top of page
Flowers on Wood

Search the blog


Macronutrients...know your food!

Updated: Oct 24, 2020

A Nutrient by definition is a substance used by an organism to survive, grow, and reproduce. Both macro and micronutrients are needed to accomplish all of our survival, growth and reproductive functions, just to name a few. This post we’ll focus on the macronutrients and in the next one I’ll go over the micronutrients.

Macronutrients consist of 3 primary macros; Carbohydrates, Fats, and Protein.

Carbohydrates (4g per calorie) - abbreviated as CHO

- CHO’s consist primarily of fibre, sugar and starch which when broken down into glucose is used by the body for energy or stored by the body as fat.

- There are 2 types of carbohydrates, Simple & Complex.

- Simple CHO’s are easy to break down as they are made up of only 1 or 2 sugar molecules, and often lead to the release of more glucose than the body requires, which is then stored as fat. They also have less micronutrients (vitamins/minerals) and while they do occur naturally in milk, most can be found in the form of corn syrup, high fructose corn syrup, brown sugar, raw sugar, glucose, fructose, and sucrose, along with fruit juice concentrate. The most common forms of simple CHO’s are;

  • bread, cakes, cookies, biscuits, baked goods in general, cereals, juices, pop, soda, or fizzy drinks.

- Complex CHO’s are more commonly associated with slow release energy due to a higher ratio of fiber and starch. Note that you want to have more fiber than starch as a high starch content will break down faster than a high fiber content food. When CHO’s are broken down slower, the body is able to obtain more micronutrients from the food which is always beneficial.

- Some higher fiber to starch complex CHO’s are:

  • above ground vegetables (broccoli, kale, cauliflower, spinach etc),

  • fruits (raspberries, apples, bananas, oranges)

  • nuts, beans and whole grains.

- Some higher starch to fiber CHOs include;

  • root vegetables like potatoes and carrots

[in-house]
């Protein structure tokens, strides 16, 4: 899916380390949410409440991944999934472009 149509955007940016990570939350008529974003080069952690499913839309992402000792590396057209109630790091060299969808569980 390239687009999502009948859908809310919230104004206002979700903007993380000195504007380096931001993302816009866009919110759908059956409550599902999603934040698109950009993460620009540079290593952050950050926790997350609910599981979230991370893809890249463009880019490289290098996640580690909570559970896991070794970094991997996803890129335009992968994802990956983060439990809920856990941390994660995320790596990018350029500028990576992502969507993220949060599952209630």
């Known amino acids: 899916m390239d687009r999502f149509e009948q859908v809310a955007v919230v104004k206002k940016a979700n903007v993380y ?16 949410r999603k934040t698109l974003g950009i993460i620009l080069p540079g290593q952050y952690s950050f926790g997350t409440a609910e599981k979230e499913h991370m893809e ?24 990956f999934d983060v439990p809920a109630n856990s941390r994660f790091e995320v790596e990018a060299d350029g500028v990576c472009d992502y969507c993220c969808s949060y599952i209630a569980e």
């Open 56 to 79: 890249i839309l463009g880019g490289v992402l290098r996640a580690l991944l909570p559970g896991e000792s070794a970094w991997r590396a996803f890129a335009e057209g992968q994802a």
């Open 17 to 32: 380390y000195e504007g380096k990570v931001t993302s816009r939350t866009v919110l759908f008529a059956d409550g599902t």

• whole grain cereals, corn, oats and peas.

- Fiber is the indigestible part of the plant important for maintaining our digestive system, and there are 3 types of fiber worth mentioning for the sake of this post; Soluble, Insoluble, and Resistant.

- Soluble helps to slow down the passage of food through the stomach, helping to keep you feeling fuller longer. Sources;

  • dried beans, oats, oat bran, rice bran, barley, citrus fruits, apples, strawberries, peas, and potatoes

- Insoluble helps to absorb water and regulate bowel movements. Sources;

  • wholegrain foods such as wheat bran, brown rice and couscous.

  • Root vegetables, such as carrots, parsnips and potatoes.

  • Celery, cucumbers and courgettes.

  • Fruit with edible seeds.

  • Beans, pulses and lentils.

  • Nuts and seeds.

- Resistant is not digested in the small intestine but does start to ferment as it moves through the digestive tract. Along the way feeding our good gut bacteria as well as gathering cholesterol and toxins.

Fiber is very beneficial in helping to improve cholesterol and blood sugar levels as well as disease prevention. Sources;

  • Oats. Oats are one of the most convenient ways to add resistant starch to your diet.

  • Cooked and Cooled Rice.

  • Legumes.

  • Raw Potato Starch.

  • Cooked and Cooled Potatoes.

  • Green Bananas.

  • Hi-Maize Flour

- In summary, try to obtain the majority of your CHO’s from the complex category and that have a higher fiber content. This will help ensure the body gets the most micronutrients, breakdown speed is slow, energy levels are more balanced and maintained which will help to avoid the storage of excess glucose as body fat.

Protein (4 calories per gram)